When we have a hierarchical structure, the simplest way for us to parse through that structure is to use recursion.

It allows us to quickly maintain track of what we've already traversed and saves us the trouble of having to keep track of which directories we've previously visited. We can follow a well-defined progression across our directories.

This is possible because the recursive function stores all the steps in a memory stack.

In a recursive program, we need a** **base case whose solution is provided. Think of the sleeping panda in the above example. If it wasn’t sleeping the loop wouldn’t stop.

### What is a base case condition in recursion?

**Base Case**- This is essentially your desired end result. When this condition is met, return your final result, and the function is completed.

We can understand the base case better by taking the example of a factorial function.

```
int fact(int n)
{
if (n < = 1) // base case
return 1;
else
return n*fact(n-1);
}
```

Here, the base case for n<= 1 is defined, and a larger factorial can be converted into smaller subproblems until we reach the base case. So, the base case terminates the recursive function.

But why recursion?

## Why do we need recursion?

As we’ve seen, recursion is a useful tool for solving problems that can be expressed in terms of smaller versions of themselves.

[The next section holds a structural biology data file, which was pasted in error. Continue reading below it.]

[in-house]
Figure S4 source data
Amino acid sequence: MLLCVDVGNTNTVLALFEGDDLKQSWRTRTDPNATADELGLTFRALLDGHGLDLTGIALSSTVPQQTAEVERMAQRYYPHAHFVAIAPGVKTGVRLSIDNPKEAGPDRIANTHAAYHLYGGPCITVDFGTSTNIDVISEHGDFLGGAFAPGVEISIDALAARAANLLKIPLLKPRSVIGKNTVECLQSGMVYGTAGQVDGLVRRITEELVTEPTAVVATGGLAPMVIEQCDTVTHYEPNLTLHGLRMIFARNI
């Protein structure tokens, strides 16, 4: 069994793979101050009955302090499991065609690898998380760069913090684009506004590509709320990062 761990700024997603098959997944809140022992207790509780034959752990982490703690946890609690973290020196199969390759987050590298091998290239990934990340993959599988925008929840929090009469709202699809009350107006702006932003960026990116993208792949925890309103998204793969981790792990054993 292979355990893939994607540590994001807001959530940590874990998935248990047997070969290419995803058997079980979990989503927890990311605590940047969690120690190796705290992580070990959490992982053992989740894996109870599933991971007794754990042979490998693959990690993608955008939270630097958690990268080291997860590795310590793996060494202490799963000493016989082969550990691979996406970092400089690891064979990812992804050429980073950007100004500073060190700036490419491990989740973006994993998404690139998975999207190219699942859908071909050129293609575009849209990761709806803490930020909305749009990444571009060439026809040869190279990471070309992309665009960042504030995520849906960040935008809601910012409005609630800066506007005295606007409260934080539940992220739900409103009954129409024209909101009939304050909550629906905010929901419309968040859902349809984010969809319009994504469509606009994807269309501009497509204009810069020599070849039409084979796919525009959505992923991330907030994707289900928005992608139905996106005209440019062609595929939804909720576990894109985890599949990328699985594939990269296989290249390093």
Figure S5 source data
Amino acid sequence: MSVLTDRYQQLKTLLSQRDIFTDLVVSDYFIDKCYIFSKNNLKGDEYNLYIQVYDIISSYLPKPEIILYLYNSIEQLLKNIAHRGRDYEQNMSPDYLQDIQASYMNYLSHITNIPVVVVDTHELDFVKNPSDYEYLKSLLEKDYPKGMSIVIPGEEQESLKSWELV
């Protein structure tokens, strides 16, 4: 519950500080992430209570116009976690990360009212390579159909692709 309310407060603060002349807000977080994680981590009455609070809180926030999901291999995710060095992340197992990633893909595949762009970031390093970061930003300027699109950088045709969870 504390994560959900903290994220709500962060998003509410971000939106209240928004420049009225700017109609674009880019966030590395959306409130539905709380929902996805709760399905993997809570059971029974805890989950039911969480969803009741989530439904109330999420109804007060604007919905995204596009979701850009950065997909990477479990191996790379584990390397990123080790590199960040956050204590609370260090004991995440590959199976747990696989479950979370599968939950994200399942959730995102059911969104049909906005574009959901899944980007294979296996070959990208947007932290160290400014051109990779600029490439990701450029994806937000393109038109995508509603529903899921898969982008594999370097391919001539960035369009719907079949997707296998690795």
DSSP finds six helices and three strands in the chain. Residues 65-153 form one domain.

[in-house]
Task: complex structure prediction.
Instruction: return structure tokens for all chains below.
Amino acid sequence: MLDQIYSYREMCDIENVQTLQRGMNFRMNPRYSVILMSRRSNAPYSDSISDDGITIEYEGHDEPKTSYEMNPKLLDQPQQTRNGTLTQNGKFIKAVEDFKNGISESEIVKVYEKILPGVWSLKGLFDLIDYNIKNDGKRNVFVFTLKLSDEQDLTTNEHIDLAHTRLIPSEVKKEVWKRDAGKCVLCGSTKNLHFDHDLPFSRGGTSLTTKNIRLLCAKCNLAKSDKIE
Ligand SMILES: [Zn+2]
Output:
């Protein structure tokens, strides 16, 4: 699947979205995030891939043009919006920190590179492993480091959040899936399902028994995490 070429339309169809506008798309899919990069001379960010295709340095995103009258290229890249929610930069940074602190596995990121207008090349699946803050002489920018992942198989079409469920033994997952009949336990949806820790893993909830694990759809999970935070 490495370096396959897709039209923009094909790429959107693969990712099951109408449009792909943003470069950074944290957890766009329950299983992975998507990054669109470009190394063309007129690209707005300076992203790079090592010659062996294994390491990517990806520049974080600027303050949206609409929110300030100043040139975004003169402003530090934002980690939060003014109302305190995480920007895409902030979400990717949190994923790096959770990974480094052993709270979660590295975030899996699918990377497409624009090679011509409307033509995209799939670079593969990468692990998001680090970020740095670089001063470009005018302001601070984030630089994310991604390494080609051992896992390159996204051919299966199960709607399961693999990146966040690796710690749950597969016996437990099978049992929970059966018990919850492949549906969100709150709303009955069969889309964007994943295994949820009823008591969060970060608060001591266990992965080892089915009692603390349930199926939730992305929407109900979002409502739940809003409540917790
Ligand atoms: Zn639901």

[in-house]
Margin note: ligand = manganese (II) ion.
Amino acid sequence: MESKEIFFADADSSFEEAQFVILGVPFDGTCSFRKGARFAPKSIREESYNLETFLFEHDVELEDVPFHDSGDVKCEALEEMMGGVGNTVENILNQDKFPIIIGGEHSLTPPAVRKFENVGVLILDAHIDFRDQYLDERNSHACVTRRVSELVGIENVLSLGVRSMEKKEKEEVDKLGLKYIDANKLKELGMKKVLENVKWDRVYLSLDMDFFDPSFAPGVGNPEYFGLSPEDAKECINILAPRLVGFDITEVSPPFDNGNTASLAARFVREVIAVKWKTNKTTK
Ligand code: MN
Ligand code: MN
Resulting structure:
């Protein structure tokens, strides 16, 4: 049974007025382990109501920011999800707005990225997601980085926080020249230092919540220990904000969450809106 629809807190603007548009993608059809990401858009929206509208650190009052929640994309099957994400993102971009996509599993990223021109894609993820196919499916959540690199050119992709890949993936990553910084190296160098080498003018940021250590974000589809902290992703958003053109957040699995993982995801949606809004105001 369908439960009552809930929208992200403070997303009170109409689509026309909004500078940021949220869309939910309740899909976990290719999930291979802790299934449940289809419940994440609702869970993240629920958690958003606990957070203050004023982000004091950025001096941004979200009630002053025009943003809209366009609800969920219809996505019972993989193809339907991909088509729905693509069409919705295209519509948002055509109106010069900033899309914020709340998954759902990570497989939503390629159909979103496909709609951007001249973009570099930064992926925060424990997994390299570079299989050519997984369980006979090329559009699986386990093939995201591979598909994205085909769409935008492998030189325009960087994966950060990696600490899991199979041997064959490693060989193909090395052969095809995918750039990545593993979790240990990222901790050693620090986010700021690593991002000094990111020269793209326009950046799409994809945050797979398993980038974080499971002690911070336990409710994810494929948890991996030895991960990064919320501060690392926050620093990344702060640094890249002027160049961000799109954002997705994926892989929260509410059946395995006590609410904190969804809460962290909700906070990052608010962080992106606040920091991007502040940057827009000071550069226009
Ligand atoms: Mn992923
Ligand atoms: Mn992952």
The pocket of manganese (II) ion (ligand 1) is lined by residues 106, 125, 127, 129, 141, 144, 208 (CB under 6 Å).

- In general, recursion is best used for problems with a recursive structure, where a problem can be broken down into smaller versions. Iteration, on the other hand, is better suited for problems that can be solved by performing the same operation multiple times on a single input.
- Recursion also provides code redundancy, making code reading and maintenance much more efficient. Understanding recursion thoroughly can lead to genuine mastery of functional programming languages, allowing programmers to code specific programs quickly. Because some issues are intrinsically recursive, knowing recursive functions might help you solve them faster.
- Furthermore, recursion is useful and required in many applications involving complex algorithms, such as tree and graph traversal. The key to a wonderful coding experience is understanding the applications of recursion in data structures and how to properly use recursion to manipulate functions in diverse systems.

Recursion can be a more elegant and efficient solution for certain types of problems, such as those that involve searching or traversing a complex data structure. However, it can also be more difficult to understand and debug than iteration and can be less efficient in terms of time and space complexity if not implemented carefully.

Therefore, the decision of whether to use recursion or iteration for a particular problem depends on the specific problem and the desired characteristics of the solution. In general, it is often a good idea to try solving a problem using both approaches and compare the results to determine which is more effective in a given situation.

To understand everything about recursion in-depth, you can refer to this 3-hour tutorial by Masai's senior curriculum engineer, Venugopal Panchumarthi-

## Recursion vs Iteration

“But doesn’t iteration seem almost similar?”